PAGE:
If you have not tried our oatmeal soap, get a sample. Our oatmeal soap is popular with our customers because it is fresh, full of moisture, smells good but not scented, generous in oatmeal and honey. We use raw rolled oats and raw honey.

For generations Honey and Oatmeal have been used to exfoliate and retain skin moisture. Oatmeal soothes and calms the skin. Both honey and oatmeal contain emollients that keeps in moisture and replenishes dry skin. Oatmeal has also been known to soothe itchy skin. Oatmeal is naturally rich in vitamins C and E. Smells just heavenly.

Honey is rich in minerals and has traces of protein. Honey is 100% pure honey, as made by the honey bees from the flower nectar they gather, transform, and store in honey combs. No ingredients are added by man. Our Honey Soap has a touch of Shea Butter to nourish your skin even further.

Vegetable Glycerin is colorless, odorless, sweet-tasting & syrupy.  Vegetable Glycerin has a rich texture and is water soluble. Because it is derived entirely from vegetable oil, it is hypoallergenic and safe for cosmetic purposes. Glycerin absorbs water from the air so it is a valuable moistener in soaps and other skin care products. Example: if you left a bottle of pure glycerin exposed to air in your kitchen, it would take moisture from the air and eventually, it would become 80 percent glycerin and 20 percent water. For this reason soaps rich in glycerin will dissolve quicker in water than other soaps. Glycerin occurs naturally during soap making. Some commercial soaps remove the glycerin and use it in creams, lotions and other cosmetics.  Our oatmeal soap is moist and fresh with each batch.

Our oatmeal soap is mild, creamy & great for oily, dry & sensitive skin.  Try our rich honey oatmeal soap. Your skin will thank you for our handmade natural oatmeal soap!!

Shea Soft Hands Recipe: Most of us forget about our hands. We use it everyday yet we forget to nourish them. This recipe will help soften your hands, get rid of the dry & dead rough skin. Do this at least 2 times a week for softer & younger looking hands. You will need:

  • 8 cups of warm water
  • Nasabb’s Shea Butter
  • Nasabb’s Honey Oatmeal Soap
  • Lavender or Orange Essential Oil (NOT A FRAGRANCE OIL) Please go to your local health food store for this.
  • Rosemary Leaves (optional)
  • Fennel Seeds (optional)
  • Small Towel

INSTRUCTIONS: Wash your hands thoroughly with Nasabb’s Honey Oatmeal Soap. Pour warm water into a bowl or leave in the sink. Add Shea Butter and 3 drops of Lavender or Orange essential oil. Add 1 teaspoon rosemary leaves and/or 1 teaspoon of fennel seeds. Stir. Make sure the temperature of the warm water is right for you. Dip both hands in the bowl for 15mins or until the water gets cold. Towel your hands dry and apply a generous amount of Nasabb’s shea butter on your hands including your finger nails, cuticles and in between your fingers.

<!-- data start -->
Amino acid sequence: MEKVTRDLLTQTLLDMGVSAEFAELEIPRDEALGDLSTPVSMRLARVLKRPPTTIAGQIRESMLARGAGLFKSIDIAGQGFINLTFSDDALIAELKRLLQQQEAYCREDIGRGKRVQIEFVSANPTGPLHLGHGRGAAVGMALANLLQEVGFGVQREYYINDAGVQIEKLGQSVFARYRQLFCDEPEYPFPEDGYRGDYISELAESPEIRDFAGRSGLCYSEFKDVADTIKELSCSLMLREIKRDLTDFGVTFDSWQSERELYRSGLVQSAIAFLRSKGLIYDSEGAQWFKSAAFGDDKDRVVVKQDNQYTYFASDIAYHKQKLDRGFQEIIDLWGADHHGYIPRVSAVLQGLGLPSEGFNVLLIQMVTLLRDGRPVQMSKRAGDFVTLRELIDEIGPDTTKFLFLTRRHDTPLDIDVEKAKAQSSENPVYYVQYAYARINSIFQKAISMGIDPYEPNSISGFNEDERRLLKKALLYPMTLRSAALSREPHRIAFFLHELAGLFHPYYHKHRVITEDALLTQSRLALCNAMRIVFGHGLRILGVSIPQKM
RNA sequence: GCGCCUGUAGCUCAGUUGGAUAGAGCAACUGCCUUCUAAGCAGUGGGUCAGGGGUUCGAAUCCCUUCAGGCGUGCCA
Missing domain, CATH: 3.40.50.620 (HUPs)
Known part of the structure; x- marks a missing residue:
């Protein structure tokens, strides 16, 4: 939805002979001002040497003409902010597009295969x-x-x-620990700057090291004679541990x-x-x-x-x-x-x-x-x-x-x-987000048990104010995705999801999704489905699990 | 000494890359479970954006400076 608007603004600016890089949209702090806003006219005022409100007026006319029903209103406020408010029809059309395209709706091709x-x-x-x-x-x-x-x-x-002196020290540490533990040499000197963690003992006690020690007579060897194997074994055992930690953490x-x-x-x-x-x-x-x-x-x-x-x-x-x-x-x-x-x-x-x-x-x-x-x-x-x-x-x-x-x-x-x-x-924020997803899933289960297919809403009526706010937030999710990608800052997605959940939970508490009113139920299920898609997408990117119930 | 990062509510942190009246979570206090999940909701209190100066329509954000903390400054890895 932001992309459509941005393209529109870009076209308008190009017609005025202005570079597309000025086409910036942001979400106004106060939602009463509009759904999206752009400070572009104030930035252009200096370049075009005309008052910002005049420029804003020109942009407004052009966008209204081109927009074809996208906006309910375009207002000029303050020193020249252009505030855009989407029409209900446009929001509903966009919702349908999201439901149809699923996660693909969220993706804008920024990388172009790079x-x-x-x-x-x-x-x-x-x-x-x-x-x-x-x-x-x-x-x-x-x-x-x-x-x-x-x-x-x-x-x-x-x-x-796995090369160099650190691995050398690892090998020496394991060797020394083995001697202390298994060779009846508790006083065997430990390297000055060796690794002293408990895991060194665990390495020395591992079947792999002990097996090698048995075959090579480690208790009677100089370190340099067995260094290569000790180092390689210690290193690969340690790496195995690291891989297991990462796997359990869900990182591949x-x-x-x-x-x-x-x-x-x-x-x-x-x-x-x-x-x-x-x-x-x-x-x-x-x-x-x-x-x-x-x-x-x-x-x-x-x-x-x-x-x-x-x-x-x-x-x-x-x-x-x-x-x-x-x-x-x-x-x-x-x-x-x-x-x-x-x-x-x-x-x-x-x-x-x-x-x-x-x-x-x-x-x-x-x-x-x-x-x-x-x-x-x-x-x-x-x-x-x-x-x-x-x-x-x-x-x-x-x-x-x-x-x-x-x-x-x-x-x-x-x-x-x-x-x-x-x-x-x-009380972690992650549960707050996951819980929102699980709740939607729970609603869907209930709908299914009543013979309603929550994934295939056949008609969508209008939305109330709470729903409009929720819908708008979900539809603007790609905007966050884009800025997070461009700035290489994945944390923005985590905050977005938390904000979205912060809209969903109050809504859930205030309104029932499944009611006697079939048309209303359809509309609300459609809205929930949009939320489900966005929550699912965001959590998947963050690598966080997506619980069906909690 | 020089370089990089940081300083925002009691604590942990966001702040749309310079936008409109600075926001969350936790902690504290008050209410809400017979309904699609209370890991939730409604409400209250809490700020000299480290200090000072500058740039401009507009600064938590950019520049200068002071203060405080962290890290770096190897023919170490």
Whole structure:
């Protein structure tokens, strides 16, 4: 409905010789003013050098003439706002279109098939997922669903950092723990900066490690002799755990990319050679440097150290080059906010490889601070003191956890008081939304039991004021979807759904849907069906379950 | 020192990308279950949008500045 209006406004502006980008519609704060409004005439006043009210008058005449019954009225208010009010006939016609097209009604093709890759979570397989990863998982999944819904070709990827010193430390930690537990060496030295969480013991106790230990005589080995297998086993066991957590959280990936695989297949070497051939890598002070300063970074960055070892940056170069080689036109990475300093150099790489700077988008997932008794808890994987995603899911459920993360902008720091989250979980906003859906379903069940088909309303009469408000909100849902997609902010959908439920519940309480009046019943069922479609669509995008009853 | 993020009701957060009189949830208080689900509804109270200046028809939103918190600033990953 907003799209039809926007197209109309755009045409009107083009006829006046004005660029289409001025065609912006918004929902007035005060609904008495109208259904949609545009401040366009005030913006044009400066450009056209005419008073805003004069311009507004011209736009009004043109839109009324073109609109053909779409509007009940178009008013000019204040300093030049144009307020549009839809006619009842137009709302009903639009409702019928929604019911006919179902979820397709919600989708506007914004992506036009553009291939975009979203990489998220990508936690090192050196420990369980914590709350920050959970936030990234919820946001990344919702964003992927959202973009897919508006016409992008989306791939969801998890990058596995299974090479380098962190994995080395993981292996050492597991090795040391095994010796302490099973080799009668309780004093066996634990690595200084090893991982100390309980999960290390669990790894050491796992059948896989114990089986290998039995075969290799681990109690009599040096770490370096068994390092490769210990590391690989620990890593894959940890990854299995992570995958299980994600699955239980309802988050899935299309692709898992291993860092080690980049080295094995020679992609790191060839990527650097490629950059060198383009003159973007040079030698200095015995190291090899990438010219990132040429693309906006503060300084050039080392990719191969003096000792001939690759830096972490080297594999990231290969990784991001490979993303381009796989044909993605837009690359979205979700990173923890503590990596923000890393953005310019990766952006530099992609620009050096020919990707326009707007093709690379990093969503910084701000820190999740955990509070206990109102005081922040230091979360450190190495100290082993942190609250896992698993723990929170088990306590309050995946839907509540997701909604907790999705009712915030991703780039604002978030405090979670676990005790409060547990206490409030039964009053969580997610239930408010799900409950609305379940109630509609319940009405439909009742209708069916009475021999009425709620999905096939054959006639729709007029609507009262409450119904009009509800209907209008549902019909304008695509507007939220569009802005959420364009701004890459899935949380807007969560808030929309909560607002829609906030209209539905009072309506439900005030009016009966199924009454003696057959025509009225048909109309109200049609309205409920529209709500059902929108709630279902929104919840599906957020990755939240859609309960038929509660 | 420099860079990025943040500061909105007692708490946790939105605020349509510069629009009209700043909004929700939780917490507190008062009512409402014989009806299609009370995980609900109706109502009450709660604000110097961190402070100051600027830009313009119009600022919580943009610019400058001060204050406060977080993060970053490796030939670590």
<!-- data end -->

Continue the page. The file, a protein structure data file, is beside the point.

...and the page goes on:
Honey is 80% natural sugars and 20% water.

Honey has been used as a topical dressing for wounds since microbes cannot live in it. It also produces hydrogen peroxide.

Honey has been used to embalm bodies such as that of Alexander the Great.

Fermented honey, known as Mead, is the most ancient fermented beverage.

The term “honey moon” originated with the Norse practice of consuming large quantities of Mead during the first month of a marriage.

Honeybees are the only insects that produce food for humans.


Some uses for glycerin include: conserving preserved fruit, as a base for lotions, to prevent freezing in hydraulic jacks, to lubricate molds, in some printing inks, in cake and candy making, and (because it has an antiseptic quality) sometimes to preserve scientific specimens in jars in your high school biology lab. Glycerin is a humectant, meaning it attracts moisture to your skin. Glycerin is a natural by-product of the soap making process and while commercial manufacturers remove the glycerin for use in their more profitable lotions and creams, handcrafted soap retains glycerin in each and every bar.


Oats are highly nutritious and filled with cholesterol-fighting soluble fiber. They also have a pleasant, nutty flavor.  Most of us are familiar with rolled oats, which are used as a hot breakfast cereal and cookie ingredient.

Types of Oatmeal

Rolled oats:   These are oat groats that are steamed, rolled, and flaked so that they cook quickly.  They’re often cooked as a breakfast cereal, added raw to granola or muesli mixes, or used to make oatmeal cookies.  Regular rolled oats take about five minutes to cook. If you’re in a hurry, try quick oats or instant oats. These have thinner flakes, so they cook faster.

Instant oatmeal: These are very thin, precooked oats that need only be mixed with a hot liquid.  They usually have flavorings and salt added. They’re convenient, but not as chewy and flavorful as slower-cooking oats.

Oat groats  Oat groats are minimally processed–only the outer hull is removed.  They’re very nutritious, but they’re chewy and need to be soaked and cooked a long time.

Quick oats  These are thin flakes of oatmeal that cook up in about three or four minutes.  They’re a good choice for oatmeal cookies.

Steel-cut oats:  These are groats that have been chopped into small pieces.  They’re chewier than rolled oats. Often preferred for hot oatmeal cereals and muesli.

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